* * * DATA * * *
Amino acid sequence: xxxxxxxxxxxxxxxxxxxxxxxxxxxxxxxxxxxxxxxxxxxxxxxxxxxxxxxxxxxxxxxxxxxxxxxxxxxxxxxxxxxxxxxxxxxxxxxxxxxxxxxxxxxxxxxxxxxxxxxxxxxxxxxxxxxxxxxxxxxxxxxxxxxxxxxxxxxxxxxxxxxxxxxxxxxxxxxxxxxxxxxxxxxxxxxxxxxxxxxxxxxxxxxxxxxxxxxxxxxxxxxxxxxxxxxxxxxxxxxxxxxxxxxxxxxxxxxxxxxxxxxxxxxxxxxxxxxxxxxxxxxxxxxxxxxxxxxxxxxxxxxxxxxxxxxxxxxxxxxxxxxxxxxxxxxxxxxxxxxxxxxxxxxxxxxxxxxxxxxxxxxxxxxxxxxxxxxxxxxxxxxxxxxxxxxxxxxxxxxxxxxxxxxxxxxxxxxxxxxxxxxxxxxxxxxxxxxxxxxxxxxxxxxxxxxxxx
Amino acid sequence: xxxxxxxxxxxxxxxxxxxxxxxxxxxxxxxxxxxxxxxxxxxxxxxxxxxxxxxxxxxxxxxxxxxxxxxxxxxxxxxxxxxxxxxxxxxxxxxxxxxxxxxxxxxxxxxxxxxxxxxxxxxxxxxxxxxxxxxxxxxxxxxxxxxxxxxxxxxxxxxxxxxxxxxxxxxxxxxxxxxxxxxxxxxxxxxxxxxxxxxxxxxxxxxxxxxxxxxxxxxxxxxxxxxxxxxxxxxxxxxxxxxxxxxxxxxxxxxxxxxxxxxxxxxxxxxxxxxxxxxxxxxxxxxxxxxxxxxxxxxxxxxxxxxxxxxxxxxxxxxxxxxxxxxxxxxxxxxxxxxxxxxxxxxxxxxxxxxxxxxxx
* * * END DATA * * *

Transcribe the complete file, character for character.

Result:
Amino acid sequence: xxxxxxxxxxxxxxxxxxxxxxxxxxxxxxxxxxxxxxxxxxxxxxxxxxxxxxxxxxxxxxxxxxxxxxxxxxxxxxxxxxxxxxxxxxxxxxxxxxxxxxxxxxxxxxxxxxxxxxxxxxxxxxxxxxxxxxxxxxxxxxxxxxxxxxxxxxxxxxxxxxxxxxxxxxxxxxxxxxxxxxxxxxxxxxxxxxxxxxxxxxxxxxxxxxxxxxxxxxxxxxxxxxxxxxxxxxxxxxxxxxxxxxxxxxxxxxxxxxxxxxxxxxxxxxxxxxxxxxxxxxxxxxxxxxxxxxxxxxxxxxxxxxxxxxxxxxxxxxxxxxxxxxxxxxxxxxxxxxxxxxxxxxxxxxxxxxxxxxxxxxxxxxxxxxxxxxxxxxxxxxxxxxxxxxxxxxxxxxxxxxxxxxxxxxxxxxxxxxxxxxxxxxxxxxxxxxxxxxxxxxxxxxxxxxxxxx
Amino acid sequence: xxxxxxxxxxxxxxxxxxxxxxxxxxxxxxxxxxxxxxxxxxxxxxxxxxxxxxxxxxxxxxxxxxxxxxxxxxxxxxxxxxxxxxxxxxxxxxxxxxxxxxxxxxxxxxxxxxxxxxxxxxxxxxxxxxxxxxxxxxxxxxxxxxxxxxxxxxxxxxxxxxxxxxxxxxxxxxxxxxxxxxxxxxxxxxxxxxxxxxxxxxxxxxxxxxxxxxxxxxxxxxxxxxxxxxxxxxxxxxxxxxxxxxxxxxxxxxxxxxxxxxxxxxxxxxxxxxxxxxxxxxxxxxxxxxxxxxxxxxxxxxxxxxxxxxxxxxxxxxxxxxxxxxxxxxxxxxxxxxxxxxxxxxxxxxxxxxxxxxxxx